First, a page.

Every week seems to bring new stories of more unanticipated ways that technology is making life harder for musicians. And in the future, it’s possible that things could take a truly dystopian turn, with Spotify already allegedly creating fake artists (with names like ‘Benny Treskow’ and ‘Mbo Mentho’.) This generates made-to-order blandness for their most popular playlists and allows them to avoid paying royalties to real performers.
We all know that tech is making things tough for musicians. However, what’s rarely discussed are the platforms that have emerged to help solve the issues that modern musicians face — the most pressing of which remains making a sustainable income. So we’ve done our research and found the best 5 apps to help musicians make money on the side:
If you thought being a creative type meant that you could avoid ever having to learn what the blockchain is — you were wrong. Musicoin is the name of a streaming platform that uses the transparency of the blockchain ledger system to streamline the process of musical revenue generation and distribution, as well as being a currency designed for paying artists directly and instantly. Confused? You’re not the only one. Put simply, the company promises “100% free streaming for listeners, industry best compensation for musicians” by eliminating the need for intermediaries between artists and their fans.
The nitty gritty of exactly how this works aside, you don’t need any technical knowledge to use the platform. All you have to do is get yourself verified as a professional musician on the site, upload your music and design your licensing agreement. And then, hopefully, the streams will start to flow.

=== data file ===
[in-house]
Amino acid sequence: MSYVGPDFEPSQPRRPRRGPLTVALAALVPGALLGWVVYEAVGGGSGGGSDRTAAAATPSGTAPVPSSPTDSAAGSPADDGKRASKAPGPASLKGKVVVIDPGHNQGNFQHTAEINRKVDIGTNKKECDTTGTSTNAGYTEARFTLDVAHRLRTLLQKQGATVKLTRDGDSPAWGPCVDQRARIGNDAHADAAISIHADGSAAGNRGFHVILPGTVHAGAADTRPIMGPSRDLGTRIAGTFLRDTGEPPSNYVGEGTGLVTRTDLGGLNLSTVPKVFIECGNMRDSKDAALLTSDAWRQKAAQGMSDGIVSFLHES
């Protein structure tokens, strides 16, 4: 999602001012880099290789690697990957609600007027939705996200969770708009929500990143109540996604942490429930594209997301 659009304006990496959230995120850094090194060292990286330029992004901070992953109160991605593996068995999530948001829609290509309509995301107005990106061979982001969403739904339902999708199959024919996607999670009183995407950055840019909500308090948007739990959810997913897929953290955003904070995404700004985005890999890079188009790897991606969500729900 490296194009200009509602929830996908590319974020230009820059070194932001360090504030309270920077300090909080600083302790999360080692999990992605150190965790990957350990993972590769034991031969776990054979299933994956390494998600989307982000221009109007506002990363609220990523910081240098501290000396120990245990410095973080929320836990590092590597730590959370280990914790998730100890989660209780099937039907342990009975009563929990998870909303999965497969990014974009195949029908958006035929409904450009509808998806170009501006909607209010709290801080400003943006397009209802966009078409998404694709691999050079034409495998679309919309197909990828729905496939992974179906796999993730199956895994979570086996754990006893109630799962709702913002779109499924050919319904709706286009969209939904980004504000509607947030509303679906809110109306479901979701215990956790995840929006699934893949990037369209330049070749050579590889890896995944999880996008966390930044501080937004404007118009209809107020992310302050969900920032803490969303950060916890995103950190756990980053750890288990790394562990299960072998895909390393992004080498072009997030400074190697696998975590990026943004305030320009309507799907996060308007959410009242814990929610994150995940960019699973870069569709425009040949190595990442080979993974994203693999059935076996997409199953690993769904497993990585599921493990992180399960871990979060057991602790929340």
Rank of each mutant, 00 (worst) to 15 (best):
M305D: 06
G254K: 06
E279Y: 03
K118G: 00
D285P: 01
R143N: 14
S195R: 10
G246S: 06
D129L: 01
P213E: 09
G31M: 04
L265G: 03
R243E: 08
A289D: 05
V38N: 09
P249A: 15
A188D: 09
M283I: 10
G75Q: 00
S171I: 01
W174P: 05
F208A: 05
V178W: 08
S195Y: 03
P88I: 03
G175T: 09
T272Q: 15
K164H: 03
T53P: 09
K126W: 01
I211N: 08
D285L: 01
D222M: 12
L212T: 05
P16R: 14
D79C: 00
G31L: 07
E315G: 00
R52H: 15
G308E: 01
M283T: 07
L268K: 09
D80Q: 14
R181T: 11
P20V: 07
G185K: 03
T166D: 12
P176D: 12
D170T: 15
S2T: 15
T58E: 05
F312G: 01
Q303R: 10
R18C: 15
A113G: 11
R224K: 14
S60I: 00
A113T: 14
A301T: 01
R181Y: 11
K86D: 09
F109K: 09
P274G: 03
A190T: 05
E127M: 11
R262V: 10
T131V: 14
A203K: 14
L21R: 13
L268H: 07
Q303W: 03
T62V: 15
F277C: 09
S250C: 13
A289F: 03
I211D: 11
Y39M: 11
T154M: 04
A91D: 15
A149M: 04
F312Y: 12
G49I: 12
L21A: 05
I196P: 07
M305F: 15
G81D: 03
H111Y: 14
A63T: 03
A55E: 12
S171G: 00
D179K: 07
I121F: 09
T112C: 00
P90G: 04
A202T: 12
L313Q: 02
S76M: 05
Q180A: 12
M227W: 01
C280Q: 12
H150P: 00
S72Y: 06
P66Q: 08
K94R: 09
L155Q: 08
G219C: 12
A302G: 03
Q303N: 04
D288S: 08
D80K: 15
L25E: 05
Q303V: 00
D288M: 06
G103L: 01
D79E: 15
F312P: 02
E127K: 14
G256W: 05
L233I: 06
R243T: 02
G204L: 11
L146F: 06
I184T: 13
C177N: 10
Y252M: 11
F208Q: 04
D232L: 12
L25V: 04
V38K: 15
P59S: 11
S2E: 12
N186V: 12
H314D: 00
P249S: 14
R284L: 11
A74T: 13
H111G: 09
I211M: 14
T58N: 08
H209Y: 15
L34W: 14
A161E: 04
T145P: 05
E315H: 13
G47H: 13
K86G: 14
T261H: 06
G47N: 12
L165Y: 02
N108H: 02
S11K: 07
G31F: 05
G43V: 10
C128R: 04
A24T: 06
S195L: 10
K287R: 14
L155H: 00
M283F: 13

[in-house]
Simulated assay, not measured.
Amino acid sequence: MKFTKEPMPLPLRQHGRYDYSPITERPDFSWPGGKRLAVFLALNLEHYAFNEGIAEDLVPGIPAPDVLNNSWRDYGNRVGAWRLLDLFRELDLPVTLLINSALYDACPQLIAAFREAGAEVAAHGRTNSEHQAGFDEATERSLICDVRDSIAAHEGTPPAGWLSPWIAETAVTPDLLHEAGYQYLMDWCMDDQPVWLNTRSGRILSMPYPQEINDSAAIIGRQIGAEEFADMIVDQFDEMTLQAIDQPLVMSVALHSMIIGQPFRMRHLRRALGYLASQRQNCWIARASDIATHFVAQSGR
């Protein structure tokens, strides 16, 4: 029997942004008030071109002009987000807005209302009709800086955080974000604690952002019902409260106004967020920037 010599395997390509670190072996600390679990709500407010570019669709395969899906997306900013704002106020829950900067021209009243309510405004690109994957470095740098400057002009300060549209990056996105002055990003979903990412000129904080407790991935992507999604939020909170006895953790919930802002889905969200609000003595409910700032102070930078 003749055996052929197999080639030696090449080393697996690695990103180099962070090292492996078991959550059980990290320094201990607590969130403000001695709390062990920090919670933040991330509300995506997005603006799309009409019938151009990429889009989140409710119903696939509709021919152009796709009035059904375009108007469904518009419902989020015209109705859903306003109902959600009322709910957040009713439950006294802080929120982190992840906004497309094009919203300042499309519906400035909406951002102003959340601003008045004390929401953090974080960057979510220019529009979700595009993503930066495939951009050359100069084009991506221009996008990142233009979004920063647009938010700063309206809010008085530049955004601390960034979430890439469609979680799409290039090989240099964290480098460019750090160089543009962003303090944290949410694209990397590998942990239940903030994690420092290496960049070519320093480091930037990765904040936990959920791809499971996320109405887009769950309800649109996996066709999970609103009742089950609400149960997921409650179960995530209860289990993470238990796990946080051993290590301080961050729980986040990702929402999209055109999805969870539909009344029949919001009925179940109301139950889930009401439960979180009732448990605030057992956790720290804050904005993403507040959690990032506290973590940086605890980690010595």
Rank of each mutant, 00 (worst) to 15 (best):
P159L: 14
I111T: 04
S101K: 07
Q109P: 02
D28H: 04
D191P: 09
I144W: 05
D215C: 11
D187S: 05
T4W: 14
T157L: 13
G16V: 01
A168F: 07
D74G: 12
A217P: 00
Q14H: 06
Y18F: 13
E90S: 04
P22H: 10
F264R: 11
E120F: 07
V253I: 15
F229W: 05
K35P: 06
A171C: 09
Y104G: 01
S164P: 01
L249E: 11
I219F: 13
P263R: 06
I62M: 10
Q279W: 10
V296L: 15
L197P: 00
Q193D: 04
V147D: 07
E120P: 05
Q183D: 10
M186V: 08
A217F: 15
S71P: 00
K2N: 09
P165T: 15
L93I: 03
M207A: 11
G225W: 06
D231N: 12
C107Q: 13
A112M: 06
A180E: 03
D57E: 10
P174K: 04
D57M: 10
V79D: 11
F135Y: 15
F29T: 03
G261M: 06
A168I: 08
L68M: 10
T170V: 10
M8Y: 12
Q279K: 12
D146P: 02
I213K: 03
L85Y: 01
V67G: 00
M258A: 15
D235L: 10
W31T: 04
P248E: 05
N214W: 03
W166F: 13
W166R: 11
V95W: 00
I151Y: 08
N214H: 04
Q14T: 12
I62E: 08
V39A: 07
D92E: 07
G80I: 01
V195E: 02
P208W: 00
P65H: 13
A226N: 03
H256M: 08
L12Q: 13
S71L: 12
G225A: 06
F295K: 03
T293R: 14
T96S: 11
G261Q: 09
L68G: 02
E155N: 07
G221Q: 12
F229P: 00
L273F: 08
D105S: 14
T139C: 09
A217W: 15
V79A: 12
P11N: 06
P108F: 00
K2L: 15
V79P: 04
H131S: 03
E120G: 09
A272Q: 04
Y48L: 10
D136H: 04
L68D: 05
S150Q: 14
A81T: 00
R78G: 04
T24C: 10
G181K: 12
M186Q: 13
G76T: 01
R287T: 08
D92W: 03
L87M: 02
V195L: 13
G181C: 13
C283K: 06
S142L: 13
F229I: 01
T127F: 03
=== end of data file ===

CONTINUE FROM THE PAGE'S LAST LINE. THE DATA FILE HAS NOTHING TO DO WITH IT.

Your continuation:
Encore and Fat Llama
Uber brought the sharing economy to transport, and Airbnb brought it to travel: Now Encore and Fat Llama are great platforms that are doing the same for the music industry.
Encore connects musicians with event organizers (who can compare quotes, reviews and videos, and then book an act through the site.)
In contrast Fat Llama is an online marketplace for lending and borrowing (almost) anything. Need a musical instrument or piece of equipment? Fat Llama has everything from keyboards to omnichords, double basses to didgeridoos.
Nuno Oliveira, a session drummer (and member of bands Canoe Duo and RESET), uses both sites. He explains: “I use Encore because it’s a great way to get booked for gigs, speak directly with the customer and have all of the fees and gig details at the ready and organised. I use Fat Llama because it’s a fantastic way of getting stuff done, without having to buy certain products that would otherwise be a big investment.”
If you’re looking for royalty-free music for a media project, use Artisound and you can rest assured that the artist will be paid a fair 50%, regardless of the processes and costs involved. The site was created by musician Yann Ireland with the aim of bringing a more personal touch to a marketplace increasingly driven by algorithms, and he personally selects each of the tracks that go into the Artisound catalogue. You submit your tracks for Yann to review — although be warned that not all music makes it through!
Vinyl might not be the most obvious moneymaking asset for the modern musician, but Tokyo-based Qrates are using tech to bring vinyl into the 21st century by connecting it with music lovers on demand. The site is set up to empower artists, who can use the platform to either take pledges for a crowdfunding project or take preorders for a record that’s ready to ship; artists are also given direct access to backers and customers, as well as the Qrates support team. Simply upload your audio, design a label, and Qrates will take care of pressing and delivering the disc.